compulsory voting

Mandatory voting is a much-debated topic whenever elections roll around. There are a number of countries around the world that require their citizens to show up at the polls on election day. In this installment of our blog series on voter participation, we discuss the arguments for and against compulsory voting.

In most democracies being able to vote is a hard-won civic right. However, in some countries voting is deemed a civic duty which must be carried out. The degree to which compulsory voting is enforced varies from country to country, with sanctions imposed on non-voters in some parts of the world.

Arguments For Mandatory Voting

The main argument for adopting a compulsory voting system is the boost it gives to voter turnout. Advocates point to waning voter turnout figures and see mandatory voting as the answer. It’s pretty hard to argue with the raw data. The 2016 national election in Australia, where voting is mandatory, recorded a participation rate of 95%. This is a far step from the 2016 US presidential election which saw just 55% of voters turn out. It’s no wonder then that former President Barack Obama described a shift to mandatory voting in the US as being potentially “transformative”.

Such low turnout rates call into question the legitimacy of the entire political system. After all, what right does an elected leader have to govern if most of the electorate didn’t vote for them? Surely in a democracy that is truly governed by and for the people, everyone should have their say in elections. Compulsory voting is therefore viewed by advocates as enhancing democracy.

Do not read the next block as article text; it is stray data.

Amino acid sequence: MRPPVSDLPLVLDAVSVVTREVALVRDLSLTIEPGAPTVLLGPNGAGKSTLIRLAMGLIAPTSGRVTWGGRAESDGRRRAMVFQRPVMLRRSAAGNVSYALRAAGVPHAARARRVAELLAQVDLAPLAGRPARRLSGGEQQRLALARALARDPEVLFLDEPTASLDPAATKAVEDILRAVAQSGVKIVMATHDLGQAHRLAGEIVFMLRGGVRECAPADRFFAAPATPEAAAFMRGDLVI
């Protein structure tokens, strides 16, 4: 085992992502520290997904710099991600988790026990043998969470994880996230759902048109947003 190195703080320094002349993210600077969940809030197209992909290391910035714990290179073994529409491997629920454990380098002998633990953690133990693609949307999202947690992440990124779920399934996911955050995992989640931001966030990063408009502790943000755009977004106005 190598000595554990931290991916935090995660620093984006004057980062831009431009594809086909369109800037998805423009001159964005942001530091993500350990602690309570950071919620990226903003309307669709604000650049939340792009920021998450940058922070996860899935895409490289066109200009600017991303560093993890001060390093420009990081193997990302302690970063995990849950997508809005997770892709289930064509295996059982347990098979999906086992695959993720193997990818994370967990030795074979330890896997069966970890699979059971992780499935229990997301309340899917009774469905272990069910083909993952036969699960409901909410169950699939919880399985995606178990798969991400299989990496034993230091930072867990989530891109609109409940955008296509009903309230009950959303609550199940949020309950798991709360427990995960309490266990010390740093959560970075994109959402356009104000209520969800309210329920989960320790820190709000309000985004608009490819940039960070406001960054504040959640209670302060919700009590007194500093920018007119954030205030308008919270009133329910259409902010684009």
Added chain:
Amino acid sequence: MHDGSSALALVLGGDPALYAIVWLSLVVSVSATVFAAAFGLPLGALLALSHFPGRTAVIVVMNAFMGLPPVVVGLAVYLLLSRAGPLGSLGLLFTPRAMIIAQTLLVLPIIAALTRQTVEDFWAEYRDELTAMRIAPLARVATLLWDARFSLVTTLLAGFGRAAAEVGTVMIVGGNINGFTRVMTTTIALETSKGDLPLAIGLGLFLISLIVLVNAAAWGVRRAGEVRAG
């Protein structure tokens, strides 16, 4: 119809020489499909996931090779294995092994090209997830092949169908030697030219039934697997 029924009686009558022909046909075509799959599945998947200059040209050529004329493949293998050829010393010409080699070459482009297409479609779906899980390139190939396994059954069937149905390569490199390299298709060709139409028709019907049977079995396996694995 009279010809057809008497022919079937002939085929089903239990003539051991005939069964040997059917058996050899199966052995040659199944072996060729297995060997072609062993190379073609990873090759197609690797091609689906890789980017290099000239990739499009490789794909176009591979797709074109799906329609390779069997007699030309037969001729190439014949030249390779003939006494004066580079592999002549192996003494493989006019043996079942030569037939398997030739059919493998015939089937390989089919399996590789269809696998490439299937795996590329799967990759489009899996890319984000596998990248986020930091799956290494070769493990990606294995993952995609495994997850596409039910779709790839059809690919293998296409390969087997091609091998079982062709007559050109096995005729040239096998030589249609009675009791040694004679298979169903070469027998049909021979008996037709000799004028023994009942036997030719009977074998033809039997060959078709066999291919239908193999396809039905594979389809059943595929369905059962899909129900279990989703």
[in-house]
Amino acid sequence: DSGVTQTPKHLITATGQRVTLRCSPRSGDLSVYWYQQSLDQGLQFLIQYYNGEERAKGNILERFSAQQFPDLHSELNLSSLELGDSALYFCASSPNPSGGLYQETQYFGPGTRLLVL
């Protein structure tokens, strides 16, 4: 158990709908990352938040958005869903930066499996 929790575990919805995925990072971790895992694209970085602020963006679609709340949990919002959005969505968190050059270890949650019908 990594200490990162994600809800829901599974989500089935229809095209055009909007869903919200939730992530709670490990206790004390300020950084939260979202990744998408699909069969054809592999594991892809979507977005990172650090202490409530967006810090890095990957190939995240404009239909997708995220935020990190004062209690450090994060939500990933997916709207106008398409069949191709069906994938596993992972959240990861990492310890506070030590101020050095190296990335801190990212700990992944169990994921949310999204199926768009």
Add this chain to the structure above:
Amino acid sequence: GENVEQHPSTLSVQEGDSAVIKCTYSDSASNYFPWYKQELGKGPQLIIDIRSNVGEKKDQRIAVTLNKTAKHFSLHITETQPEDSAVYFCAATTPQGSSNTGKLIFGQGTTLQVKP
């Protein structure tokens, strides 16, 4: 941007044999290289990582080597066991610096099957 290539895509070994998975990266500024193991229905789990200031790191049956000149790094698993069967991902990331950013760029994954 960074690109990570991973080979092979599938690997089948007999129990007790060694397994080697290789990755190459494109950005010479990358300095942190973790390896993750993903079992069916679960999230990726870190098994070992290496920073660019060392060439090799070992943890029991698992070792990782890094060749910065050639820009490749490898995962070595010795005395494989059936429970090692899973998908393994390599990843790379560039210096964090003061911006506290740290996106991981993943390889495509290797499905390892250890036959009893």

Other benefits that have been associated with mandatory voting include:

  • providing a political education and a more well-informed electorate
  • the elected body will more accurately reflect the will of the entire electorate
  • it forces governments to take account of the entire electorate when formulating policies
  • election campaigners can focus on policy issues rather than wasting their resources on encouraging participation in the election

Arguments Against Mandatory Voting

On the other hand, opponents of mandatory voting insist that the policy goes against the fundamental democratic notion of freedom. Informed by libertarian thought, the act of forcing people to vote is seen as an undemocratic infringement on personal liberty. From this perspective, the democratic legitimacy of governments elected under compulsory voting comes into question. Proponents of this view argue that higher voter turnout doesn’t add any democratic weight to elections if it is forced upon voters against their will.

Other negative consequences which have been linked to compulsory voting include:

  • it causes an increase in the proportion of invalid votes and donkey votes
  • ill-informed and politically apathetic citizens shouldn’t be forced to vote
  • increasing the number of “safe” electorates, meaning political parties only focus their energies on marginal seats
  • the cost of enforcing compulsory voting can place an unjustified burden on public finances in poorer countries

Next week we continue our blog series on voter participation taking a look at education and registration. Stay tuned!